• search hit 18 of 34
Back to Result List

Linking Holocene drying trends from Lonar Lake in monsoonal central India to North Atlantic cooling events

  • We present the results of biogeochemical and mineralogical analyses on a sediment core that covers the Holocene sedimentation history of the climatically sensitive, closed, saline, and alkaline Lonar Lake in the core monsoon zone in central India. We compare our results of C/N ratios, stable carbon and nitrogen isotopes, grain-size, as well as amino acid derived degradation proxies with climatically sensitive proxies of other records from South Asia and the North Atlantic region. The comparison reveals some more or less contemporaneous climate shifts. At Lonar Lake, a general long term climate transition from wet conditions during the early Holocene to drier conditions during the late Holocene, delineating the insolation curve, can be reconstructed. In addition to the previously identified periods of prolonged drought during 4.6-3.9 and 2.0-0.6 cal ka that have been attributed to temperature changes in the Indo Pacific Warm Pool, several additional phases of shorter term climate alteration superimposed upon the general climate trendWe present the results of biogeochemical and mineralogical analyses on a sediment core that covers the Holocene sedimentation history of the climatically sensitive, closed, saline, and alkaline Lonar Lake in the core monsoon zone in central India. We compare our results of C/N ratios, stable carbon and nitrogen isotopes, grain-size, as well as amino acid derived degradation proxies with climatically sensitive proxies of other records from South Asia and the North Atlantic region. The comparison reveals some more or less contemporaneous climate shifts. At Lonar Lake, a general long term climate transition from wet conditions during the early Holocene to drier conditions during the late Holocene, delineating the insolation curve, can be reconstructed. In addition to the previously identified periods of prolonged drought during 4.6-3.9 and 2.0-0.6 cal ka that have been attributed to temperature changes in the Indo Pacific Warm Pool, several additional phases of shorter term climate alteration superimposed upon the general climate trend can be identified. These correlate with cold phases in the North Atlantic region. The most pronounced climate deteriorations indicated by our data occurred during 62-5.2,4.6-3.9, and 2.0-0.6 cal ka BP. The strong dry phase between 4.6 and 3.9 cal ka BP at Lonar Lake corroborates the hypothesis that severe climate deterioration contributed to the decline of the Indus Civilisation about 3.9 ka BP. (C) 2014 Elsevier B.V. All rights reserved.show moreshow less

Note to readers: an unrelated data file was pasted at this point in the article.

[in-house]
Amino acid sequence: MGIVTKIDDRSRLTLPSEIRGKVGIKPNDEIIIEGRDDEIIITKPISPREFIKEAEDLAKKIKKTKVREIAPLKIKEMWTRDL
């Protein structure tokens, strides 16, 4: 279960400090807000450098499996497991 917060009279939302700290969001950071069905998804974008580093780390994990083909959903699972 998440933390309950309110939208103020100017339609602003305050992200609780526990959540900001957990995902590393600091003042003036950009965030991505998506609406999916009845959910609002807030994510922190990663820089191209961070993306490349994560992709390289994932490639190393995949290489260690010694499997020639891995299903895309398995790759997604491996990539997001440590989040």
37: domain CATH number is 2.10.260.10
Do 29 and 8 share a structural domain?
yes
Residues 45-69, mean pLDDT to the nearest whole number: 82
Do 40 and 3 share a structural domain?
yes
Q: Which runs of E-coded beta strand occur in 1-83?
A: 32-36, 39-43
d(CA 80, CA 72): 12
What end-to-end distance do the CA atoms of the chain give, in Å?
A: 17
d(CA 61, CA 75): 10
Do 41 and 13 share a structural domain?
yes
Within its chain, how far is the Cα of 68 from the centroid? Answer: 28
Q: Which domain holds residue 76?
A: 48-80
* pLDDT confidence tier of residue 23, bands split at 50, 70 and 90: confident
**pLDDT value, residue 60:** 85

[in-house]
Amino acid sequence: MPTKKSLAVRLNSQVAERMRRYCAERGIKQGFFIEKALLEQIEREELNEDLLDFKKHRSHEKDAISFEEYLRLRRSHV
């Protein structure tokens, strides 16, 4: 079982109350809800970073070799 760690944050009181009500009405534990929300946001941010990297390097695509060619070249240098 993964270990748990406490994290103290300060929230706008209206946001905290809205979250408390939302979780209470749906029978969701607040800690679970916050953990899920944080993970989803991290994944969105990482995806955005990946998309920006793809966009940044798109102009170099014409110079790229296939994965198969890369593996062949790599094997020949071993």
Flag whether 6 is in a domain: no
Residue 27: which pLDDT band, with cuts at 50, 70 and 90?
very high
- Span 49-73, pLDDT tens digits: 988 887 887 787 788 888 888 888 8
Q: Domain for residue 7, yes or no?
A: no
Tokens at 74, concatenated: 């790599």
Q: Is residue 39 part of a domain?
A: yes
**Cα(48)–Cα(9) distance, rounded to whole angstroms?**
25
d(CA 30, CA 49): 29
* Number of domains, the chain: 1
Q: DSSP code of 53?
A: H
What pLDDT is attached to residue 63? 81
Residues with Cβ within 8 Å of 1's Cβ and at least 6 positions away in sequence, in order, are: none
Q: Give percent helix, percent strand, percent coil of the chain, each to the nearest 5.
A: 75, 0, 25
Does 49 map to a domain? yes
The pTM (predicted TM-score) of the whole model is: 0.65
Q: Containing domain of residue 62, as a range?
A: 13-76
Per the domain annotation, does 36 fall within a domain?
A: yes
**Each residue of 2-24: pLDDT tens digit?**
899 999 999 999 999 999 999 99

Export metadata

Additional Services

Share in Twitter Search Google Scholar Statistics
Metadaten
Author:Philip Menzel, Birgit Gaye, Praveen K. Mishra, Ambili Anoop, Nathani Basavaiah, Norbert Marwan, Birgit Plessen, Sushma Prasad, Nils Riedel, Martina Stebich, Martin G. Wiesner
DOI:https://doi.org/10.1016/j.palaeo.2014.05.044
ISSN:0031-0182 (print)
ISSN:1872-616X (online)
Parent Title (English):Palaeogeography, palaeoclimatology, palaeoecology : an international journal for the geo-sciences
Publisher:Elsevier
Place of publication:Amsterdam
Document Type:Article
Language:English
Year of first Publication:2014
Year of Completion:2014
Release Date:2017/03/27
Tag:Amino acid; Climate reconstruction; Holocene; Indian monsoon; Lake sediment; Stable carbon isotope
Volume:410
Pagenumber:15
First Page:164
Last Page:178
Funder:German Research Foundation within the framework of the project "Himalaya: Modem and Past Climates" (HIMPAC) [GA 755/7-1, PR 755/7-2, FOR 1380]
Organizational units:Mathematisch-Naturwissenschaftliche Fakultät / Institut für Erd- und Umweltwissenschaften
Peer Review:Referiert